And it is a price imposed on blacks by whites; for, while legal apartheid has ended, the racist mentality which created that monstrous institution still exists. And while black majority rule is now a fact of life, many whites, if not the majority, are nostalgic about “the good old days” when the finger-wagging president, P.W. Botha, defiant as ever even when his regime was under siege and on its way out, bluntly stated on 18 August 1988 in his speech at the National Party's annual congress in Durban:

As far as I'm concerned, I'm not even considering the possibility of black majority government in South Africa. - (P.W. Botha, quoted by the Independent, South Africa, 19 August 1988).

History proved him wrong. Less than six years later, black majority rule became a reality, although the majority of whites did not want that to happen. That is why they supported apartheid through the years since it was instituted in 1948.

It is true that in an all-white referendum in March 1992, white voters gave F.W. De Klerk, the last white president, the mandate to proceed with constitutional changes which would lead to racial equality under the law. But that is not because they had, all of a sudden, undergone change of heart and accepted blacks as equals. People don't become saints overnight.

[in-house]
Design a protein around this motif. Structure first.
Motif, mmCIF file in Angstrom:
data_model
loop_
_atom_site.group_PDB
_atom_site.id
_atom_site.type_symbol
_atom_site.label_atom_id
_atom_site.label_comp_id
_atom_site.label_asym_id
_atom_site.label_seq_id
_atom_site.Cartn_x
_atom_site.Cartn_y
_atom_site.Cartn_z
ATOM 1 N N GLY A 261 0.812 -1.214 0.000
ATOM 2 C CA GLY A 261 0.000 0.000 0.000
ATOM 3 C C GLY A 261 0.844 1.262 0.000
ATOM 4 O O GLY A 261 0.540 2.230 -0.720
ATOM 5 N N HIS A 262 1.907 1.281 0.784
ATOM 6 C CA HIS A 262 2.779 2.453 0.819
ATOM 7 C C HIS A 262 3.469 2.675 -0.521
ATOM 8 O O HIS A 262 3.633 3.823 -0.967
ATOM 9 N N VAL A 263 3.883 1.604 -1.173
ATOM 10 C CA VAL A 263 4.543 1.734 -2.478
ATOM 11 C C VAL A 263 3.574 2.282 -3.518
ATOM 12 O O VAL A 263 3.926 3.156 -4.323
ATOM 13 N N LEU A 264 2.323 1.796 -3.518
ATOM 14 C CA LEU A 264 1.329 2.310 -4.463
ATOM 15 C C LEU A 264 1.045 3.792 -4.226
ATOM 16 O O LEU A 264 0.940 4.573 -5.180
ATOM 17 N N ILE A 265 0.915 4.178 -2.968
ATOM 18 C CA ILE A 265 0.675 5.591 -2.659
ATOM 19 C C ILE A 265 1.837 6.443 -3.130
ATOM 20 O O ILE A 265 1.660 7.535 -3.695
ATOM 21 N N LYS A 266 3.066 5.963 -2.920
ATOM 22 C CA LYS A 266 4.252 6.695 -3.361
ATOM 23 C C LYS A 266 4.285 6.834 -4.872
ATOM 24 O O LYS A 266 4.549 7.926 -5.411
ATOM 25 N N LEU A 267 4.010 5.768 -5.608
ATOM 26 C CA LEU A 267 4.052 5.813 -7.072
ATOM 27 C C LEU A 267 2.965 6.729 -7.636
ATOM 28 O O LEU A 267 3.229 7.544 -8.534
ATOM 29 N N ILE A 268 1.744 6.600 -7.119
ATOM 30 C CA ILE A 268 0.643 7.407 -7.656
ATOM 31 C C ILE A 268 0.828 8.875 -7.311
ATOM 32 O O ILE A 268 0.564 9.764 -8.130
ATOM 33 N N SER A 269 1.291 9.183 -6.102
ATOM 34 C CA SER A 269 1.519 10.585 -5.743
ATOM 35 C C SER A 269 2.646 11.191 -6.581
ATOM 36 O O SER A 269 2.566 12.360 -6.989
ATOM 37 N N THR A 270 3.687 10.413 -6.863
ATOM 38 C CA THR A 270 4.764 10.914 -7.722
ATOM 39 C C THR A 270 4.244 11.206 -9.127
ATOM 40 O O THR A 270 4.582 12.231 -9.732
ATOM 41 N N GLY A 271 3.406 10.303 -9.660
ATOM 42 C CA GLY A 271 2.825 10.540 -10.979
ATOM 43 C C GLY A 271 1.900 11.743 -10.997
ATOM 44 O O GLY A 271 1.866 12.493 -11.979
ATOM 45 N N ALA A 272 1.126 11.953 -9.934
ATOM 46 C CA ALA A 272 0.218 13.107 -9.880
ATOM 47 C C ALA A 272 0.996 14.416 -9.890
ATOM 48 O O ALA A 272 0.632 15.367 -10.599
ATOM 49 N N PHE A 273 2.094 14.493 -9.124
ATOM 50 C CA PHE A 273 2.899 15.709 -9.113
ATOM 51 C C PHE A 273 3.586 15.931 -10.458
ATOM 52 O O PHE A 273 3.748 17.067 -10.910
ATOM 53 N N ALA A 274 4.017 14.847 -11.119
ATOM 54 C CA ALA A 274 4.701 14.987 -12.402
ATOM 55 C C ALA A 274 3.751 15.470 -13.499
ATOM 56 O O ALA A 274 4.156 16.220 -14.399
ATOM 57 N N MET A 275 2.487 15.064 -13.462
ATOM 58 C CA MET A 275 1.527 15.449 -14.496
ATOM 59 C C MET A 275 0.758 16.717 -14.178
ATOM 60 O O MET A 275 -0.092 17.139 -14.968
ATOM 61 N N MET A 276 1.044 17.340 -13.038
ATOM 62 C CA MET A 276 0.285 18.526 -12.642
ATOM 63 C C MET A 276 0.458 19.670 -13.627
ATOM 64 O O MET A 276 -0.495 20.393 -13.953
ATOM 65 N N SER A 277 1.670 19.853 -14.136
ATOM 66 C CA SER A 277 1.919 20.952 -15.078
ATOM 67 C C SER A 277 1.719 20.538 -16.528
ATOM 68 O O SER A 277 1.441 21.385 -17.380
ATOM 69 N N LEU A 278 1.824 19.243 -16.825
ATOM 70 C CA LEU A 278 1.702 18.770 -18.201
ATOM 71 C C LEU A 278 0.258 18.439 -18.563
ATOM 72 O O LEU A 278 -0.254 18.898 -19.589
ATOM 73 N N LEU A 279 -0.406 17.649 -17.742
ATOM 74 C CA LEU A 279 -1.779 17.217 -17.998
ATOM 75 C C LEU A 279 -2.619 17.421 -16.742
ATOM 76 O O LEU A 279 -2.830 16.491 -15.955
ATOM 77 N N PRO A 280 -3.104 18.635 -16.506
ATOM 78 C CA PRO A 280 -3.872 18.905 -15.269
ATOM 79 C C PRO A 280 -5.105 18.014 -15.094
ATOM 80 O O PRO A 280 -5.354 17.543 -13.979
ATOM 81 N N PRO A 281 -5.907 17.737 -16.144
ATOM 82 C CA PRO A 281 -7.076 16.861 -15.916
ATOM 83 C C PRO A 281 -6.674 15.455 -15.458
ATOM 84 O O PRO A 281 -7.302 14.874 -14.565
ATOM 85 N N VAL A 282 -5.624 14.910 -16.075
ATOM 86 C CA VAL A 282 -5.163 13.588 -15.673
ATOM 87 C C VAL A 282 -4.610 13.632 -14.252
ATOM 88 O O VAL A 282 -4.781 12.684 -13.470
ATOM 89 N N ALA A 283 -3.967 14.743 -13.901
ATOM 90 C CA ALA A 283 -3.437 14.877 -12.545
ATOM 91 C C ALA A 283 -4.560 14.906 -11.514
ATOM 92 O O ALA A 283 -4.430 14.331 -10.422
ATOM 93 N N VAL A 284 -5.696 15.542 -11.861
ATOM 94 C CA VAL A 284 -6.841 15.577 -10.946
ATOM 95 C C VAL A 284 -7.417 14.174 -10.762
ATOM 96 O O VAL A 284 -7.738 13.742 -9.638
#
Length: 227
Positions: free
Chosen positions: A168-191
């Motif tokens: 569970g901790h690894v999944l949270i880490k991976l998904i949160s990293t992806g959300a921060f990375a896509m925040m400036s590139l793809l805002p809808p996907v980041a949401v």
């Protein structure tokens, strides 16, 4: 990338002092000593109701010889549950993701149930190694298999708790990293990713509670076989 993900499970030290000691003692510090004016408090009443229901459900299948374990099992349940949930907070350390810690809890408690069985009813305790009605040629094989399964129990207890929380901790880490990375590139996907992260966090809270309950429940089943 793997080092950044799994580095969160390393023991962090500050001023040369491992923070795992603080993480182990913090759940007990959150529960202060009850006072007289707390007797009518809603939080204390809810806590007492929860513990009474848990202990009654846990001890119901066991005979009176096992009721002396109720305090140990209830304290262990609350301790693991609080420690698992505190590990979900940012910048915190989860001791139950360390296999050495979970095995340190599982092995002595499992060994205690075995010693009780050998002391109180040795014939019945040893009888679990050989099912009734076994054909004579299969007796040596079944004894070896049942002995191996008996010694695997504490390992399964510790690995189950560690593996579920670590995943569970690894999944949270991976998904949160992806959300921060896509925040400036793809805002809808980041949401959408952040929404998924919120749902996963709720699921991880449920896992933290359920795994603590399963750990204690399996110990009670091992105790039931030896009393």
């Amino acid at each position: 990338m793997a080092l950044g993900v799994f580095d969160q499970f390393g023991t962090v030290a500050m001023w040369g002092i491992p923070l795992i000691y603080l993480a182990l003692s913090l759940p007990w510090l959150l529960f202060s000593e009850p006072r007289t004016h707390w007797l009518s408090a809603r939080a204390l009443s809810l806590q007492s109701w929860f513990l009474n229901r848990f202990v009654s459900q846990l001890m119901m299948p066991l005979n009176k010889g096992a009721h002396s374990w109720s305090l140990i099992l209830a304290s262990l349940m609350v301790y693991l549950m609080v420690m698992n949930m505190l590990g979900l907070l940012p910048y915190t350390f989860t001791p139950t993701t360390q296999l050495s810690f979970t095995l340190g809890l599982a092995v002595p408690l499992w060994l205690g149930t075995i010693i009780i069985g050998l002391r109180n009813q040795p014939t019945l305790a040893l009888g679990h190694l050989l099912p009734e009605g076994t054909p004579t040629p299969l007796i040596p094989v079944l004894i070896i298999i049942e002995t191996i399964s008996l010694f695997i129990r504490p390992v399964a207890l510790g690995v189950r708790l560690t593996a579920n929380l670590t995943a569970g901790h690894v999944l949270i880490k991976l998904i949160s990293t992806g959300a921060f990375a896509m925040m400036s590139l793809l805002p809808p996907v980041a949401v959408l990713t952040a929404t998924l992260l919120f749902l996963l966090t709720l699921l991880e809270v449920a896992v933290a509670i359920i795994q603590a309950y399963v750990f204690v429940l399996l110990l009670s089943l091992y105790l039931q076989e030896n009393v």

Whites in South Africa had simply resigned themselves to the inevitability of black majority rule because they couldn't do anything to stop it. As Tanzanian President Julius Nyerere once said, “throughout history, all nationalist struggles have had one end: victory.”

In fact, President de Klerk himself and his colleagues did everything they could to sabotage the process leading to the establishment of a multiracial democratic government in which blacks would be in the majority. He sought, instead, an asymmetrical kind of power-sharing skillfully disguised as democratic under which the white minority would retain their dominant position in society by having veto power under the constitution.